“To laugh often and much; to win the respect of intelligent people and the affection of children… to leave the world a better place… to know even one life has breathed easier because you have lived. This is to have succeeded”...... Ralph Waldo Emerson
(PRWEB) February 20, 2017
The former US Olympic and US Paralympic Judo Coach had dreams of becoming a football coach growing up on Oahu, Hawaii and experiencing polio at the young age of seven. His doctors at the Shriner’s Children’s Hospital in Hawaii were not convinced Willy, after spending nine months in the hospital would be able to walk out on his own.
John and Abigail Cahill, Willy’s parents would not accept that diagnosis and had Professor Henry Okazaki, a masseur come to the hospital seven days per week for nine months to massage Willy’s legs with an ointment. Eventually Willy walked out of the hospital on his own. He had a brace for only three months and ultimately fought his way back to normal.
Growing up, Willy was never pressured to participate in Judo. However, his father was one of the top instructors in Judo while Willy was active along with his brothers in high school sports and especially football. Even in the Army Willy spent much of his time coaching football. But things were about to change.
Now living in the San Francisco Bay Area, John Cahill created Cahill’s Judo Academy where Willy, not seeing a future in football became interested in Judo. His Dad’s goal was to see one of his students (Judoka) become a member of the 1964 US Olympic Judo Team where Judo would be introduced for the first time.
Unfortunately, John Cahill passed away at the young age of fifty in 1962, two years before the first-time Judo would be a competitive sport at the Olympics. However, twenty-two years later in 1984, Brett Barron of Cahill's Judo Academy became a member of the US Paralympic Judo Team fulfilling John Cahill's dream.
Willy remembers well the challenge it would take to create a candidate for the US Olympic Judo Team let alone one Judoka (Judo athlete) for a local tournament. Taking over Cahill’s Judo Academy, Willy had his students call him Coach (vs. Sensei or Professor). Now sixty-seven years later he continues to teach and train Judoka in the sport of Judo creating over 1,500 national and international champions, he was promoted to 9th Degree or Kudan in Judo.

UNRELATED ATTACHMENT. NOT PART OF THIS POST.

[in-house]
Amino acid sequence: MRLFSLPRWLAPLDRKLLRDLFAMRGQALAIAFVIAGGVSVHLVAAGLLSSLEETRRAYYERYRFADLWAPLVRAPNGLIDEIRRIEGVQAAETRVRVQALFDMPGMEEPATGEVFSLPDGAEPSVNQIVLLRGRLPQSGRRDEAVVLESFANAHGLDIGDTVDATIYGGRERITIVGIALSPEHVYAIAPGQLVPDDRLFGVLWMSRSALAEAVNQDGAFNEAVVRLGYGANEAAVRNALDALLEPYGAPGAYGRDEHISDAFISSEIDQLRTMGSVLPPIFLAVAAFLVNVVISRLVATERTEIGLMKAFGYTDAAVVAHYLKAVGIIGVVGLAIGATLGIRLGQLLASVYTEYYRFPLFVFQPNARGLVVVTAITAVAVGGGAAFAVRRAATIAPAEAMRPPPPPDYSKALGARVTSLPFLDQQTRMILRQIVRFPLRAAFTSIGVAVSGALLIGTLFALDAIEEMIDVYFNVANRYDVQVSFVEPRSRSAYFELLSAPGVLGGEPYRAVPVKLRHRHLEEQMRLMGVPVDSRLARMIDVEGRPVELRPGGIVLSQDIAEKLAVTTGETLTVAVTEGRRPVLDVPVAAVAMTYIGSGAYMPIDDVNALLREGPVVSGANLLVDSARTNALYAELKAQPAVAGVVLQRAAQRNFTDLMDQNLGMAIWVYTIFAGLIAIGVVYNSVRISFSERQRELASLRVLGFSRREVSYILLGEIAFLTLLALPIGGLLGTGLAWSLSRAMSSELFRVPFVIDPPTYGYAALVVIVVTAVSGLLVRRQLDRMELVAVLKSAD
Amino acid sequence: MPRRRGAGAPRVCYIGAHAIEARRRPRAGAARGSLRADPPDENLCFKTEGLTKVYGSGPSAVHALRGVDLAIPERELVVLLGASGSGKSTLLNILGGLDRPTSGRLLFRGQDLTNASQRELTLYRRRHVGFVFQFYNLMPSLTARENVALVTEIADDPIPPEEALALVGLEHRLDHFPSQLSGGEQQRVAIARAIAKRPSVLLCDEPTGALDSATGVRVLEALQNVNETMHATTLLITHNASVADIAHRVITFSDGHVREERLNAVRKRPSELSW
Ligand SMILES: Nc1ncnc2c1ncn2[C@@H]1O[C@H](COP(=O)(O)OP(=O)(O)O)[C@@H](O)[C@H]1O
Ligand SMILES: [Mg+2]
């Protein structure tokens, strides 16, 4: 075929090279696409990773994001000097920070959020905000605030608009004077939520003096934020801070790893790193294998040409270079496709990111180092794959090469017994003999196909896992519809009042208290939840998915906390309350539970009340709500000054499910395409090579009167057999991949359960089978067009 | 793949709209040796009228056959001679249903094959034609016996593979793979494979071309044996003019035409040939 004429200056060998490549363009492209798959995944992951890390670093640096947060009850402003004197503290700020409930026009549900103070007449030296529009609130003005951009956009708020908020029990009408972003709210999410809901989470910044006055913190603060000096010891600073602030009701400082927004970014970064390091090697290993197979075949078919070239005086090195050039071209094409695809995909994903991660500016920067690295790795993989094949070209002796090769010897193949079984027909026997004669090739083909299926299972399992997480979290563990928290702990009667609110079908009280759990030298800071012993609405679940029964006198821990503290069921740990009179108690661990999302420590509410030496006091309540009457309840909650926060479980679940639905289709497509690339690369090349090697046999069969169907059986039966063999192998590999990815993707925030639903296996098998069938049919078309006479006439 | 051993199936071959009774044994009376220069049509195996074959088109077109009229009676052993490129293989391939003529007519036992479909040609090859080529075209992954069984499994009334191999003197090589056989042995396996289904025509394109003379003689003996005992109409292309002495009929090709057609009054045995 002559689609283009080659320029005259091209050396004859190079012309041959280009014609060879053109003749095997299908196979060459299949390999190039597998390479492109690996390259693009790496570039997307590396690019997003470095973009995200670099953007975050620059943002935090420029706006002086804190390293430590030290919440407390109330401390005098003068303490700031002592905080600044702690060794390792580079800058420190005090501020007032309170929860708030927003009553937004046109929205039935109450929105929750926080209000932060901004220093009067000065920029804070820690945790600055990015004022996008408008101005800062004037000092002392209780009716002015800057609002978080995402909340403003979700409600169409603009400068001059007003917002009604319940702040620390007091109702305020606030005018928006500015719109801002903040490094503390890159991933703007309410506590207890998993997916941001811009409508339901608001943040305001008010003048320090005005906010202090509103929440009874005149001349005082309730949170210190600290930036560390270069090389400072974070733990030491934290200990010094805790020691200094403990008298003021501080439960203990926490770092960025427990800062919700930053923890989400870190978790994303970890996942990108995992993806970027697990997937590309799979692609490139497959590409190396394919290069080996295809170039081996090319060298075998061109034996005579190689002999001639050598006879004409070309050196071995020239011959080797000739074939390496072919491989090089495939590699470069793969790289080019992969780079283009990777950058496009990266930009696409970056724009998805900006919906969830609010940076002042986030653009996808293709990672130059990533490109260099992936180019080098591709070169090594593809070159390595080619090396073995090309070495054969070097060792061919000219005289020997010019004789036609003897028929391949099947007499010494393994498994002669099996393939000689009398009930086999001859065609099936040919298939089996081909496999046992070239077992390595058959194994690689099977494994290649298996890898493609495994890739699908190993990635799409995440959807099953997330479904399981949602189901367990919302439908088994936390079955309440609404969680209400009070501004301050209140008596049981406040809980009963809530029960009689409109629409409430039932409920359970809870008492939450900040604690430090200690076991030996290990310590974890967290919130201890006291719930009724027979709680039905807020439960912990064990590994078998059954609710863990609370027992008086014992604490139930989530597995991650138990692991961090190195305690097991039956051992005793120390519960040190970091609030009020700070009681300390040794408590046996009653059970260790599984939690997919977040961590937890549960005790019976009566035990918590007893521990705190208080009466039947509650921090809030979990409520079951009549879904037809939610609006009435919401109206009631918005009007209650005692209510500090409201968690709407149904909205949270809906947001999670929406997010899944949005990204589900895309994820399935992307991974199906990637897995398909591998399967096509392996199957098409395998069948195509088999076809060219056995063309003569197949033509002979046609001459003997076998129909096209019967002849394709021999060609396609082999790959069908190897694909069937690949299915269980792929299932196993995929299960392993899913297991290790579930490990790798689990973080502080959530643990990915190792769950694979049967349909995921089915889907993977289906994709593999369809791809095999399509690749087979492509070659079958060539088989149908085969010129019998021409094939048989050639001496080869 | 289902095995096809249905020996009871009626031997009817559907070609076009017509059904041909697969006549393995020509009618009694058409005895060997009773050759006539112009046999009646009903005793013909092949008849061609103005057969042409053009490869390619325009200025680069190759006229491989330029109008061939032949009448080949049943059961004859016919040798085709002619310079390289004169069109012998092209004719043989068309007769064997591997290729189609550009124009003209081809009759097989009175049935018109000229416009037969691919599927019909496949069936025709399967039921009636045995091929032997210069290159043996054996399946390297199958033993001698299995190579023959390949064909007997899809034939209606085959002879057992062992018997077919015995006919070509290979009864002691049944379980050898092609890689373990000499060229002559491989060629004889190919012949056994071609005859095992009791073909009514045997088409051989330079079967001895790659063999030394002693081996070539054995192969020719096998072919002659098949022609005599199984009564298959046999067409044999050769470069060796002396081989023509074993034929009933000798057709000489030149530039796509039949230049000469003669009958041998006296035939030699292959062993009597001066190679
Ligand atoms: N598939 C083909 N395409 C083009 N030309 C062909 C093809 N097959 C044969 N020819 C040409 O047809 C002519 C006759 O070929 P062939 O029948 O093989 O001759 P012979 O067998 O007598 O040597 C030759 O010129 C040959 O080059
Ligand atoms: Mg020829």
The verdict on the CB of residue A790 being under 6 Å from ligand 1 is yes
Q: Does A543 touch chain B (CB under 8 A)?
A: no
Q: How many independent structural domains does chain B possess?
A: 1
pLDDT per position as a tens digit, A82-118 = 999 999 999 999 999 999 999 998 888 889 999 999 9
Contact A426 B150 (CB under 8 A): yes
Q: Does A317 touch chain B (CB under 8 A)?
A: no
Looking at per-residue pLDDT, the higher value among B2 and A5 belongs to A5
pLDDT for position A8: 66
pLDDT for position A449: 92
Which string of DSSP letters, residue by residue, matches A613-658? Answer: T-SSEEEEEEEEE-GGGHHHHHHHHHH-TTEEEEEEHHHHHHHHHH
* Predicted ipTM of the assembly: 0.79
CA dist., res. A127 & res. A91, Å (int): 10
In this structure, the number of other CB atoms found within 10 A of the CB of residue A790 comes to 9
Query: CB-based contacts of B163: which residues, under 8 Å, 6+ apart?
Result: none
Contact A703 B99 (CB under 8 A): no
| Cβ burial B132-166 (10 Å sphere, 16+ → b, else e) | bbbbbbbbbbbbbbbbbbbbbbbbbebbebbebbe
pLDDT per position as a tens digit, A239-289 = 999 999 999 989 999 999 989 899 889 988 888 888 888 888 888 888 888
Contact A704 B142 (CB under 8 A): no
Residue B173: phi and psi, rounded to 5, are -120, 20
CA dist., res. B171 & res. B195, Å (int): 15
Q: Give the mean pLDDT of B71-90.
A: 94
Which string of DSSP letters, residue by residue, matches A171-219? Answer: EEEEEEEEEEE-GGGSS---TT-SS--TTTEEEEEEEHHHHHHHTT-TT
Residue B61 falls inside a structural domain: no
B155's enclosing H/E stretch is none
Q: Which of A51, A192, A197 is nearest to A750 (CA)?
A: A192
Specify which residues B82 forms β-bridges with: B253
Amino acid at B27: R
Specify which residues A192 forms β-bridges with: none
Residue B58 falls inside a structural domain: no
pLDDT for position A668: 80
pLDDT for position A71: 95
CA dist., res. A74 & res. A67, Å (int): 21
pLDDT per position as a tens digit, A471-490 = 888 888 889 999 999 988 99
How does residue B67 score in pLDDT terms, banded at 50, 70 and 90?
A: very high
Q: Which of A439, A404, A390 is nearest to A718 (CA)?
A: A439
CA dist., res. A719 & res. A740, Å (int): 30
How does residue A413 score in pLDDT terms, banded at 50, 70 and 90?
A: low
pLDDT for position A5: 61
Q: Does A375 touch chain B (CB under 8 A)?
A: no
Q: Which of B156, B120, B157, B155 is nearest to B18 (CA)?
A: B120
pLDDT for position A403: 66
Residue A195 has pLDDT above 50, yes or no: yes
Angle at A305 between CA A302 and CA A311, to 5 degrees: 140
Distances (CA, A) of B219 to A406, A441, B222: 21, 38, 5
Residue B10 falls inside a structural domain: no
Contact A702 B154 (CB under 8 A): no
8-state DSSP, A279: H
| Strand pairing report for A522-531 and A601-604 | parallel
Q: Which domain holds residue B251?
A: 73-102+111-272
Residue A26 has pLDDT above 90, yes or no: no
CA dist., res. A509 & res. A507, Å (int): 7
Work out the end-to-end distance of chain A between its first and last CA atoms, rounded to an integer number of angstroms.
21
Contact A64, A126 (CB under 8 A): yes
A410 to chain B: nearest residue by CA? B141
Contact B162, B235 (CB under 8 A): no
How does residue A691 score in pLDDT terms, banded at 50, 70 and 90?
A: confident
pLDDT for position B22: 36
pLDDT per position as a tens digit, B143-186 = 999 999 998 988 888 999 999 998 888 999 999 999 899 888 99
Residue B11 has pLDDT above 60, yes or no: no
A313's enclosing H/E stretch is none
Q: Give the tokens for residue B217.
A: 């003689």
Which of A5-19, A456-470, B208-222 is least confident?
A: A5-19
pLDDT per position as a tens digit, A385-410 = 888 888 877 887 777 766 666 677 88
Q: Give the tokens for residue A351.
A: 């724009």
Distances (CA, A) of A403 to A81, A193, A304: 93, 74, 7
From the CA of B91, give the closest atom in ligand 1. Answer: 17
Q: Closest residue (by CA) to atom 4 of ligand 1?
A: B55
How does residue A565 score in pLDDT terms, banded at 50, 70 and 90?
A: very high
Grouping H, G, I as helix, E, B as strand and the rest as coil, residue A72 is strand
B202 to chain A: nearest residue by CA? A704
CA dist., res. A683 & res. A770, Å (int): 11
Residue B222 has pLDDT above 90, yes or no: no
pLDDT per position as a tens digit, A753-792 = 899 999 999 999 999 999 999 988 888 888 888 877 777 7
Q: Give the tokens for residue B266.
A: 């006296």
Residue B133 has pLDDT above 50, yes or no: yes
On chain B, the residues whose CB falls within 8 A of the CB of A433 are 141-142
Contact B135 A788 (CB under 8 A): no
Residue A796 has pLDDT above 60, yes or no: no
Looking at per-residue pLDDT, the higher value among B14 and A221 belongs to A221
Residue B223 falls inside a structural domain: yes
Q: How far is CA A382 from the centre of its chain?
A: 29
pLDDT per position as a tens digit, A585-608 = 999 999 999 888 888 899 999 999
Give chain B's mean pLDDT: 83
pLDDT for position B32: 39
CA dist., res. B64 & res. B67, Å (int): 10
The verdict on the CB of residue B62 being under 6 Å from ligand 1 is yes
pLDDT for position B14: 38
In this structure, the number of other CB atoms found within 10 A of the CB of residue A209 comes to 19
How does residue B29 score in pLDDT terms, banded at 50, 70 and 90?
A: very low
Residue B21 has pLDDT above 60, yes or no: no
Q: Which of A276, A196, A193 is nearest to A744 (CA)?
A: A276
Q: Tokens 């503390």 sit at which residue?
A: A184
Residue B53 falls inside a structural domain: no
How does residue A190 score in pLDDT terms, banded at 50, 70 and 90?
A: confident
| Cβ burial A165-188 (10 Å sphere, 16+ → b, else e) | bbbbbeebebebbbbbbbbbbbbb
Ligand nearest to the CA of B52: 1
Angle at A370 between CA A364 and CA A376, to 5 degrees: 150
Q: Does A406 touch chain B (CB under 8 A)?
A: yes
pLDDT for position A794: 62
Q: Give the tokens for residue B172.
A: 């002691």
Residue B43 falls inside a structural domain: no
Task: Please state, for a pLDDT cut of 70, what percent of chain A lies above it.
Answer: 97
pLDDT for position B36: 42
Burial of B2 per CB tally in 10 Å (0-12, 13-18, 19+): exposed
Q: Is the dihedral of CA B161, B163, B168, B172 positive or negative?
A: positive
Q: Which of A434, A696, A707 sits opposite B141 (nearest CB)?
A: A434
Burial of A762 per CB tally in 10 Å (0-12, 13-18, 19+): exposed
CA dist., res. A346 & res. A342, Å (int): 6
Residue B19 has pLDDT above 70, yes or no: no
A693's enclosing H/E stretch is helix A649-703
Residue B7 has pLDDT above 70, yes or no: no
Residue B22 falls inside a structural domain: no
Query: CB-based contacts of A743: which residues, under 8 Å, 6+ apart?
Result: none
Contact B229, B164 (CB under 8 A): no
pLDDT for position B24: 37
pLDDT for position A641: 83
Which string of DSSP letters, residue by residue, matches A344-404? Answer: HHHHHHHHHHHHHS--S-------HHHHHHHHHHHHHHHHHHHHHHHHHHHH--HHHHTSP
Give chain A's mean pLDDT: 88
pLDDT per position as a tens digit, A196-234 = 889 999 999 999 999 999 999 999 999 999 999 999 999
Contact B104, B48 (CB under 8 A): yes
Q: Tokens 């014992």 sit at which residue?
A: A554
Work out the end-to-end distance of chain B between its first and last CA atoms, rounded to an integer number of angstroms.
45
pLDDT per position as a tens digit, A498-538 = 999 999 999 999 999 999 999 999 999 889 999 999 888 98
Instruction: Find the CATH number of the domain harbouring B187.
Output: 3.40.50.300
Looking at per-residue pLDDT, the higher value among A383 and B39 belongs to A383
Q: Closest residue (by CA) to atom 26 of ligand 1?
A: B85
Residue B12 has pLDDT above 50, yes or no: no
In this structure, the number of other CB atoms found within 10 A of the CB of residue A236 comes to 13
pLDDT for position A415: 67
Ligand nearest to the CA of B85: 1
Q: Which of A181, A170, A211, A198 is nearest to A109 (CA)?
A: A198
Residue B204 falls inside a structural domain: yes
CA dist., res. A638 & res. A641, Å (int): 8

The first Gold Medals (Scott Moore & Kevin Szott) won by the USA in Judo were coached by Cahill at the 2000 US Paralympics in Sydney, Australia. It took forty-eight years since Judo was introduced at the Olympics in 1964 for the sighted US Olympic Judo Team to win Gold by Kayla Harrison at the 2012 London Games.
January 2017, Coach Cahill was officially presented with his 9th Degree “Black Belt” which is all Red, by the Chairman of the National Promotion Board of USA Judo, Sensei Patrick Burris.
More about Coach Cahill can be seen in a recent full length article published in the Shine On Hollywood Magazine along with some photos in the same magazine and his Blind Judo Foundation business partner and Co-Founder Ron C. Peck.
Congratulations Coach for your life-time dedication, commitment, and engagement of Judo benefiting others who have had the experience of working and knowing you.
The Blind Judo Foundation is a nonprofit 501(c) (3) organization who introduces and trains blind and visually impaired children, young adults and our returning blind and visually impaired military men and women in the sport of Judo. Supporting our blind athletes to train, travel, attend camps and compete relies upon your tax-exempt donations.
All members of the Blind Judo Foundation are volunteers. A select few of our elite athletes go on to represent the USA as members of the US Paralympic (not to be confused with Special Olympics) Judo Team.
More about the Foundation can be seen on our Facebook page. Ron C. Peck can be contacted at roncpeck(at)blindjudofoundation(dot)org or 1-425-444-8256 or Coach Willy Cahill at 1-650-589-0724, Co-Founders of the Foundation